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Education is a key component of a society’s ability to govern, foster the well-being of its citizens, and participate productively in a global economy. As such, education reform is frequently controversial and highly politicized. This introductory course examines the major issues and reform movements in public P-12 education that are at the forefront of the national policy agenda today. Each educational reform issue will be viewed in light of its connection to four themes driving reform efforts: (1) equity, (2) adequacy, (3) autonomy, and (4) accountability.

Specific educational policies will be analyzed with respect to several key questions: What are the goals and intended consequences of the policy? What policy levers does it utilize? How are various stakeholders affected? What unintended consequences might occur? How efficient is the policy? For each reform, we will discuss the role of the political context, the economic climate, and the evidence used to support its adoption.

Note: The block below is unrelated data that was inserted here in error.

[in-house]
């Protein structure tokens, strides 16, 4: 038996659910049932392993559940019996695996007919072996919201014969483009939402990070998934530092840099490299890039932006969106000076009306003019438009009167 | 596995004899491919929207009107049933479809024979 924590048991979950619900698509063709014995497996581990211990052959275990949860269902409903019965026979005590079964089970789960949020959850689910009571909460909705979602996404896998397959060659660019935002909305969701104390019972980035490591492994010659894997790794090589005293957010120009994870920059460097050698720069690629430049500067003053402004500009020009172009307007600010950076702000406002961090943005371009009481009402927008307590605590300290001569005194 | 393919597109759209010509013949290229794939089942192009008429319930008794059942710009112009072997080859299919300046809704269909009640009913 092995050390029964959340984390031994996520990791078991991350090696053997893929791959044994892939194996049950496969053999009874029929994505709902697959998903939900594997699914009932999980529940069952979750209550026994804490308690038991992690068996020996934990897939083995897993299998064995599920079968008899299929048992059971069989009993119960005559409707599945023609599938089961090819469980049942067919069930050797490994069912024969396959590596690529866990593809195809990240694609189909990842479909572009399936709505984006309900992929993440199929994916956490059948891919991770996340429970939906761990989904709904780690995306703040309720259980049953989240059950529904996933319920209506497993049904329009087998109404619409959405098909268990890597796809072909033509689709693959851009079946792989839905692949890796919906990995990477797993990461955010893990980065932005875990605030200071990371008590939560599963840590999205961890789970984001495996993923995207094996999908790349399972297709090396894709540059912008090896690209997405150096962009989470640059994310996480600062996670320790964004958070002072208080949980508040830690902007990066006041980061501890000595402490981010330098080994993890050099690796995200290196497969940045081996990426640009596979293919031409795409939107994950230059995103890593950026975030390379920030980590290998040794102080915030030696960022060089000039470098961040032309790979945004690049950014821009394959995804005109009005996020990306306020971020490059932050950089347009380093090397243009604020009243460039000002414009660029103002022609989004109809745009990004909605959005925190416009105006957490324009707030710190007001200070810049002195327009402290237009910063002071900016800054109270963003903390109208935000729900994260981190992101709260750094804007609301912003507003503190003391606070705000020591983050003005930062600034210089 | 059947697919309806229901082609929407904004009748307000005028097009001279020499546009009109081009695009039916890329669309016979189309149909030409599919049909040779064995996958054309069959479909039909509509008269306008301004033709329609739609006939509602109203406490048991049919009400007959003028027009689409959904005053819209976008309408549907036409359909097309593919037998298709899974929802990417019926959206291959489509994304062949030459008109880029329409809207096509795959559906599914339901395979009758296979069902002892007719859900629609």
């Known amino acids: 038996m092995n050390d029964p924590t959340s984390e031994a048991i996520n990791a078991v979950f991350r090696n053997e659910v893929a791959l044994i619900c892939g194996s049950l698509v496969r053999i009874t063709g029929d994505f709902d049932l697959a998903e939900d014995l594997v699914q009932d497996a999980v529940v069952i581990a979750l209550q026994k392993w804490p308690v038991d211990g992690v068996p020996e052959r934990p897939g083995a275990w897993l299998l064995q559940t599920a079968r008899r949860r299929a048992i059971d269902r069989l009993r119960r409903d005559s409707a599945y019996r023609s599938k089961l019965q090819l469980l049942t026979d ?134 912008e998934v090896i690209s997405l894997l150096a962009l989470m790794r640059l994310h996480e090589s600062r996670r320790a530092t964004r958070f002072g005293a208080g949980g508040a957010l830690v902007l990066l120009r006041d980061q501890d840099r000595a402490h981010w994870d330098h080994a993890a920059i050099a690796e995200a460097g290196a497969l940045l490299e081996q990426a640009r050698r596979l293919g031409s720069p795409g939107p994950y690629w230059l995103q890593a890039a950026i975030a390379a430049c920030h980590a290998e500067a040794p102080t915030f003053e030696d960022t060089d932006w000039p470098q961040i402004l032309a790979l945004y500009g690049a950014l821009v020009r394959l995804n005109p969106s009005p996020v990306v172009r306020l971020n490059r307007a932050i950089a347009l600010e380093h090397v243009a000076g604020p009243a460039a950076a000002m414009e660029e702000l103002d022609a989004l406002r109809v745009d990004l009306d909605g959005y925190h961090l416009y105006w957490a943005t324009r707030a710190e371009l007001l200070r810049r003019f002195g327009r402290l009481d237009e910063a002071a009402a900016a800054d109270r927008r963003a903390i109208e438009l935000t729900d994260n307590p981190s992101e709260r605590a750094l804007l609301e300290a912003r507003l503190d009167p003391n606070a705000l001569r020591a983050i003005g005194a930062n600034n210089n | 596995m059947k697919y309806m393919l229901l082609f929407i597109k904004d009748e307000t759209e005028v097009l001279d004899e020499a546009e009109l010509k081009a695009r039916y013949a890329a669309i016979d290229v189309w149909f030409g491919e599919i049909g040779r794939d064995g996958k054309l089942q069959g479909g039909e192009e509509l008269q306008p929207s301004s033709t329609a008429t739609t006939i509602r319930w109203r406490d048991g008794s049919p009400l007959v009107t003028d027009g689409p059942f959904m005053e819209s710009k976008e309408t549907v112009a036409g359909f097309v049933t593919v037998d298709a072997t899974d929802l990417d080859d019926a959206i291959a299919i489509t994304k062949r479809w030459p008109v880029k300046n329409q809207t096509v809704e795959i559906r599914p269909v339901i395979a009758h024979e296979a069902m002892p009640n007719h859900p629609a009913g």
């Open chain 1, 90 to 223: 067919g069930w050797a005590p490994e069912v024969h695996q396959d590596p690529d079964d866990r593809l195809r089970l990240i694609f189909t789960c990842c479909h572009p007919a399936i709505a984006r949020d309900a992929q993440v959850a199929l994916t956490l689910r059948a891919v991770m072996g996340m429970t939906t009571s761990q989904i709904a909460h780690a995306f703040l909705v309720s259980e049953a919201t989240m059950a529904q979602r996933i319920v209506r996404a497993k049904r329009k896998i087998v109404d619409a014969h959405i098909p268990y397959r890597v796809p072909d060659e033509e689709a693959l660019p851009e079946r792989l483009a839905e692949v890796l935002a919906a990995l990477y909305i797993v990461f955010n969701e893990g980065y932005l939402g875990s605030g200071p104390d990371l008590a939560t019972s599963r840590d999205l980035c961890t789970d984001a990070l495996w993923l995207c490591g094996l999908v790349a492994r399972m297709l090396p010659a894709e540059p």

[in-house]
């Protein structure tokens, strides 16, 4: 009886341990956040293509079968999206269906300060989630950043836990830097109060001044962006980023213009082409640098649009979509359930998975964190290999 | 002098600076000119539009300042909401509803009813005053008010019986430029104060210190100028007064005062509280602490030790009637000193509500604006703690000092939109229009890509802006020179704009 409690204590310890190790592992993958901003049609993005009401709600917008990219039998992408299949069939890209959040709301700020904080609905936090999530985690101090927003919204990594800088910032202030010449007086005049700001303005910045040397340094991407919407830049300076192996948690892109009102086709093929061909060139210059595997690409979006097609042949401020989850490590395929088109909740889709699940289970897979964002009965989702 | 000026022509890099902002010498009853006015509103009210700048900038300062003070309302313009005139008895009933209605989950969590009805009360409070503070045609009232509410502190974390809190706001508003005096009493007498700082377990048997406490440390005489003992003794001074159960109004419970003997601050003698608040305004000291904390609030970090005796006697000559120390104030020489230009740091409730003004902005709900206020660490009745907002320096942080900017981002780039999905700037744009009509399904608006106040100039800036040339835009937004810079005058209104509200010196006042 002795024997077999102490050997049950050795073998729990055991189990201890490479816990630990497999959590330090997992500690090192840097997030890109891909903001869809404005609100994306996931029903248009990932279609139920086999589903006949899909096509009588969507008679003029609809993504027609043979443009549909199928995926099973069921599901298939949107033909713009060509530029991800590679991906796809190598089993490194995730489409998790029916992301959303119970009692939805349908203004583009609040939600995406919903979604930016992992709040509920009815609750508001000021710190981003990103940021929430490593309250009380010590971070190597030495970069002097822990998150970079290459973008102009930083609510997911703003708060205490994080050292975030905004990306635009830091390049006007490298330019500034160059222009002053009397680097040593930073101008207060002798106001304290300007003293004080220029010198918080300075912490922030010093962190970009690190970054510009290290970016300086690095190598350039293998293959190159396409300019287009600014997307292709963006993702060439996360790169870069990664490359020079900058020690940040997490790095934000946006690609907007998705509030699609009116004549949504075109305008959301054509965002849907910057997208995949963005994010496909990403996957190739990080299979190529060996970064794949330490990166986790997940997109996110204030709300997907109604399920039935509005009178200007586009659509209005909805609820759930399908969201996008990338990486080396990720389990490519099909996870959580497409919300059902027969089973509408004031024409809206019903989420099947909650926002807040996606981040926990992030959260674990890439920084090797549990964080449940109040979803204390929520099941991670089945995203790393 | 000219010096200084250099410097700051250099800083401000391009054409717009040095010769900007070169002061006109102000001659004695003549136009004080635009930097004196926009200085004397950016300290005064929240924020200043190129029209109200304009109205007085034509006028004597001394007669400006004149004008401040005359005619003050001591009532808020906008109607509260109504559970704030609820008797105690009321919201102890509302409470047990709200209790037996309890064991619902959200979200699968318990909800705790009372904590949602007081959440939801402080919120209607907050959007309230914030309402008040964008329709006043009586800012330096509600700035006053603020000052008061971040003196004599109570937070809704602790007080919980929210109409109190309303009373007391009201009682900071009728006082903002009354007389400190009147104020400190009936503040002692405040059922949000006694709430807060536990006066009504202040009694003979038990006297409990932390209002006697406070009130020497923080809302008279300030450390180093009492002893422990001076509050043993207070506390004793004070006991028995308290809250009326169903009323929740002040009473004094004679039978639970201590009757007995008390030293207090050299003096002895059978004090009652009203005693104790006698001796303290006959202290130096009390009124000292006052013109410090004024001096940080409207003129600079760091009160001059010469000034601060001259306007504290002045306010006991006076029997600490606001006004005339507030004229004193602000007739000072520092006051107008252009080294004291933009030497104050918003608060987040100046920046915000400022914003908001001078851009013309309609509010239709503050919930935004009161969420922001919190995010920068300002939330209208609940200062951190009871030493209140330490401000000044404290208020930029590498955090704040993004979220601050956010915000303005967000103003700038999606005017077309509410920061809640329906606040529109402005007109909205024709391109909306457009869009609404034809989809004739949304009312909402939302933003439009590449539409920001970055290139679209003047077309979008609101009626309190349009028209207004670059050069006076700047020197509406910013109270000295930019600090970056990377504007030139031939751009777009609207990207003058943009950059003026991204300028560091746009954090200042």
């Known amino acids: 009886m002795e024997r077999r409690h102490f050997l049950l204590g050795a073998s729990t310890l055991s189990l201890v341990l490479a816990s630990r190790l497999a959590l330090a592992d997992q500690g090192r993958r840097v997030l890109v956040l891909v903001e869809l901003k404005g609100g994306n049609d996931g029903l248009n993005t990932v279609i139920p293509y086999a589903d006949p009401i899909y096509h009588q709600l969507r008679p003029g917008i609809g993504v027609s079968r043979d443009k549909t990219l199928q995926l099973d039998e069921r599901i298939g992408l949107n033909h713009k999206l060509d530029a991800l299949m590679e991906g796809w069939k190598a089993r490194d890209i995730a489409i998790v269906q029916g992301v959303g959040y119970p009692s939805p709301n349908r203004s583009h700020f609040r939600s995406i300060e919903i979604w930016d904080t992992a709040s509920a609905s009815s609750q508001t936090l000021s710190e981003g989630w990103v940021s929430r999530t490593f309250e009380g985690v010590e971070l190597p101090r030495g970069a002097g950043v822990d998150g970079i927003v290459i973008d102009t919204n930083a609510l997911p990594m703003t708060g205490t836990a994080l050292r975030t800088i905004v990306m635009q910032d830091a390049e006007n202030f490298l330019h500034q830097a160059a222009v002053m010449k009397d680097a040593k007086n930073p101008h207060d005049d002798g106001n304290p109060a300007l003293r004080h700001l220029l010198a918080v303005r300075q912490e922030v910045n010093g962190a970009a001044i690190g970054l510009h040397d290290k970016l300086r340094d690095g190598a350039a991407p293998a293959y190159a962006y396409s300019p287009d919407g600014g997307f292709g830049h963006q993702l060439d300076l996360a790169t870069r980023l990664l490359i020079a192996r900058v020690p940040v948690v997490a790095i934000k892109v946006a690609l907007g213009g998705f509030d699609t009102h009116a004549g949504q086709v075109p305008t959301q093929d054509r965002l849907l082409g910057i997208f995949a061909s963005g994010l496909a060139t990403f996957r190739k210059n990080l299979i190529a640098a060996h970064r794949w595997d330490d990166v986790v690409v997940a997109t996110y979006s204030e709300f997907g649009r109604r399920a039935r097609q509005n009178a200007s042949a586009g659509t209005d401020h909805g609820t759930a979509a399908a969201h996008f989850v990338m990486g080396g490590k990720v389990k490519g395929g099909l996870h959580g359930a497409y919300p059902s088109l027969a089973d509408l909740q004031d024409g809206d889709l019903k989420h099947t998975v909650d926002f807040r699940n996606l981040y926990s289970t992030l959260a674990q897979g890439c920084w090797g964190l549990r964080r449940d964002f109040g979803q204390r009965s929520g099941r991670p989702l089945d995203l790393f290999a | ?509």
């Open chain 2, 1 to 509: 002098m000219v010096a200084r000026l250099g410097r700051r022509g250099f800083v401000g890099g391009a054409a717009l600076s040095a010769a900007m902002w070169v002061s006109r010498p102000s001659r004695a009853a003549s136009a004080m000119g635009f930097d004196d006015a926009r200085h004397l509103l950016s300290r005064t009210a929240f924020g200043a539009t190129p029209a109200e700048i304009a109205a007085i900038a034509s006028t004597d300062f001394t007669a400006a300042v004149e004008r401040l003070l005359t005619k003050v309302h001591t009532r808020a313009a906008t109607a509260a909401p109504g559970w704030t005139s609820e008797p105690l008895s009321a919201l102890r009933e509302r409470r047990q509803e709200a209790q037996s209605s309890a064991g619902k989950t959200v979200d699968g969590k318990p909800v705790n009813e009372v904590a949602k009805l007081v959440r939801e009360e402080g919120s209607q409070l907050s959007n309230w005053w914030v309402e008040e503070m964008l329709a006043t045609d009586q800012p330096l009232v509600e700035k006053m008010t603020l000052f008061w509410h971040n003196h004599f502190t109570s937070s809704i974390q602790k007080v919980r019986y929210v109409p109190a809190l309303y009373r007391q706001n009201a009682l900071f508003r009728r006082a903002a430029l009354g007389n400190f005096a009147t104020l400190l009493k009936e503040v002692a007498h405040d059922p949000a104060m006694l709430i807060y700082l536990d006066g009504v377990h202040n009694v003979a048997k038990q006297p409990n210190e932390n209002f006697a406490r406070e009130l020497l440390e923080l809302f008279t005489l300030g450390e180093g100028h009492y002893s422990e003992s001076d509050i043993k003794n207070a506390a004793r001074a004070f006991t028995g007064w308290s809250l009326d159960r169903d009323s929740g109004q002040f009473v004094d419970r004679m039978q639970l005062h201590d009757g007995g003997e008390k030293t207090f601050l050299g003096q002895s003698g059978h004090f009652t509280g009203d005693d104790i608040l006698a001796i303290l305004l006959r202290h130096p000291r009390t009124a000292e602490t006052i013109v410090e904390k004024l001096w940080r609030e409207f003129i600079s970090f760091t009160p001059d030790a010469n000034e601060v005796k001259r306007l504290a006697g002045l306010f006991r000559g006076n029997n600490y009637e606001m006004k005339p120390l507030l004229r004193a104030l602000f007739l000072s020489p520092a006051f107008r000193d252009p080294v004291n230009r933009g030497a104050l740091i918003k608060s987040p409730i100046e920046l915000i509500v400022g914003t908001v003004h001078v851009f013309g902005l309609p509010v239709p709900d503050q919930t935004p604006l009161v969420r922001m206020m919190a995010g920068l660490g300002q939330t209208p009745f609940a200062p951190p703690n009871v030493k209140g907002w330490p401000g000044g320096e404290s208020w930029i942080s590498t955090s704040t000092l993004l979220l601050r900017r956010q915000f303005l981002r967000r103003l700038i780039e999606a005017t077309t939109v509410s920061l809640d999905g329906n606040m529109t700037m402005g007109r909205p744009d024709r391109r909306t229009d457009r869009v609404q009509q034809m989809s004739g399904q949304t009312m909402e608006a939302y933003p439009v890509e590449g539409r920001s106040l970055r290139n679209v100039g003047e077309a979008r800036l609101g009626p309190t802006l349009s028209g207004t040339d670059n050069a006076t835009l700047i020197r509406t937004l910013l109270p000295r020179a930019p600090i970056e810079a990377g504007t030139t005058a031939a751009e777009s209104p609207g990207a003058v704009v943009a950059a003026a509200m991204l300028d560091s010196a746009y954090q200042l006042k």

The course will rely predominantly on a case study approach combined with group work, short lectures, and guest speakers representing leaders in the field of education in the State of Indiana.

The course is aimed at students with little or no previous experience with education policy who are interested in the topic either because they are considering it as a future career or because they would like to gain a working knowledge of a topic that is of general public interest. This course serves as the introductory course for the Minor in Education Policy jointly designed by SPEA and the School of Education.